Saturday, September 05, 2009


Most of us come equipped with a pretty active complaint system. If we see, hear, try or otherwise experience something we don’t like, we complain about it almost reflexively. It’s as if humans are hard-wired to bitch.

Why is that? Why are we compelled to share every little inconvenience, disappointment, and episode of misery and misfortune? What's the purpose of reliving these moments out loud, oftentimes over and over again?

One reason may be that complaining serves an emotional purpose. Complaining vindicates us in some small, yet meaningful way. Negative word of mouth is our way of exacting revenge on someone or something when we feel we’ve been wronged. It’s how we stick up for ourselves when we’ve been screwed by “the man.”

Even if we can’t get our money, our time, or our dignity back, we can always fight back with harsh words in the hope those words will one day come to haunt or harm the party responsible for our discontent - and that can be pretty much anything these days.

The weather. The waitress. Rising taxes. Traffic. Our shitty job. No shitty job. The religious right. The liberal left. The neighbors. Obama. Rush. The cops. The media. Lawyers. Long lines. High prices. The privileged. Panhandlers. Aggressive drivers. Sunday drivers. Communists. The post office. Smokers. Technology. This damn head cold. Guns. Oil barons. Rap music. The Illuminati.

No, you can't always get what you want – but you can always complain! Talk is cheap, as they say.

Today, more than ever before, people actually LISTEN to complaints. We actively SEEK out consumer reviews on websites like Yelp because they help us make informed decisions. Leveraging the experiences of others helps us make better decisions for ourselves. Thanks to technology, in an instant we can tap into an online database of collective experiences and download mob wisdom.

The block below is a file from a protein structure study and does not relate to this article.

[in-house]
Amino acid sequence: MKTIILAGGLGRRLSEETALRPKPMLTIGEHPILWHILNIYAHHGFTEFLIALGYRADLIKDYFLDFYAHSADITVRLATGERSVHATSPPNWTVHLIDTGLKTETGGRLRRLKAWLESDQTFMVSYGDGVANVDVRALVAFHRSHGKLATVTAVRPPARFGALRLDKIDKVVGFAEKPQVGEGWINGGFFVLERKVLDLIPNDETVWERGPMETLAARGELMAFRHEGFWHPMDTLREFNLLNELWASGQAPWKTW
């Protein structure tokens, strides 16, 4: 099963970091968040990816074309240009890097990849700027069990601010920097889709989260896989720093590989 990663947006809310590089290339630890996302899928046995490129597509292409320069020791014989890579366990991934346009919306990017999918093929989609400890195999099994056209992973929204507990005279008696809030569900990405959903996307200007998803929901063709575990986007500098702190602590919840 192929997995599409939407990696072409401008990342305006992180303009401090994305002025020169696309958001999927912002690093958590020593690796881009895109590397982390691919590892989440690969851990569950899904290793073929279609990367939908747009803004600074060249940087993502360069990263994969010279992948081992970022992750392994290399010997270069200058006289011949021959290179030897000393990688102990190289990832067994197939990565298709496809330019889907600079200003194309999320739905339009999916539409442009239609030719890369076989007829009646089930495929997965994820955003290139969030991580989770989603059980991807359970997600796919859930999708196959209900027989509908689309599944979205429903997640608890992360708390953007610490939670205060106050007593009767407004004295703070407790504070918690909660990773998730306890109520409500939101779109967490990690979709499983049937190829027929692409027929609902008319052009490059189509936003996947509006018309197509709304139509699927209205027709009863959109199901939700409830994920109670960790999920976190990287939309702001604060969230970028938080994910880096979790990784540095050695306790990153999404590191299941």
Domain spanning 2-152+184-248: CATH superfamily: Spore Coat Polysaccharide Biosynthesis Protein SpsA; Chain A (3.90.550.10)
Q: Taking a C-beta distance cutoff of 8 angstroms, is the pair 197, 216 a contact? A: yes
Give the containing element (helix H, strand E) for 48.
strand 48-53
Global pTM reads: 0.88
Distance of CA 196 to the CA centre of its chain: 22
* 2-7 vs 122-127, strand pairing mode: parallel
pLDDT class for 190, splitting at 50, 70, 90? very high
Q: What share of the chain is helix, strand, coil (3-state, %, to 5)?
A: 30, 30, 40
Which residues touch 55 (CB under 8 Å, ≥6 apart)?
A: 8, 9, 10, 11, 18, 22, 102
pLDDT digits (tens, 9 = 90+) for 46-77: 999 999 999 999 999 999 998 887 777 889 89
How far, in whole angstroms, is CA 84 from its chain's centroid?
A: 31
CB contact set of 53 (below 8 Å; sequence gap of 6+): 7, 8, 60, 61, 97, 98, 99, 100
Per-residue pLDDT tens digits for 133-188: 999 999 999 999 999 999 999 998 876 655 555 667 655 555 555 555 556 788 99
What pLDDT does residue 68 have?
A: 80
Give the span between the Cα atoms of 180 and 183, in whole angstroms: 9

Go here. Do this. Avoid that. Try this. Do NOT go there!

People freely contribute to these sites because while companies can afford to ignore us as individuals, they have learned to respect the power of communities. One squeaky wheel gets a little grease. Thousands of squeaky wheels gets a whole new machine. Big changes require speaking with a single voice. Case in point: President Obama. (Oh, yes we did.)

All of this, believe it or not, is prelude to a point...which I will get to. Eventually.

We all know the feeling of getting taken, or getting a great deal. We can relate to both because we’ve experienced both. When we spend our valuable wages and precious time somewhere, we expect certain things in return.

I expect my order to be correct in the drive-thru. Most of the time it is.

I expect the doctor to keep his appointment time, or at the very least call me to let me know he is running an HOUR late so I can use that time to do other things. (This never happens, by the way - why is the doctor's time more valuable than mine?)

I expect the guy at Jiffy Lube to be honest with me when he says I need a new air filter. Really? You just charged me $40 to change my oil and you're going to upsell me an air filter?

I expect the waiter/waitress to tell me if gratuity has already been added to the check. Not a small detail, or an easy one to spot at the end of a long tab...especially if you've been drinking.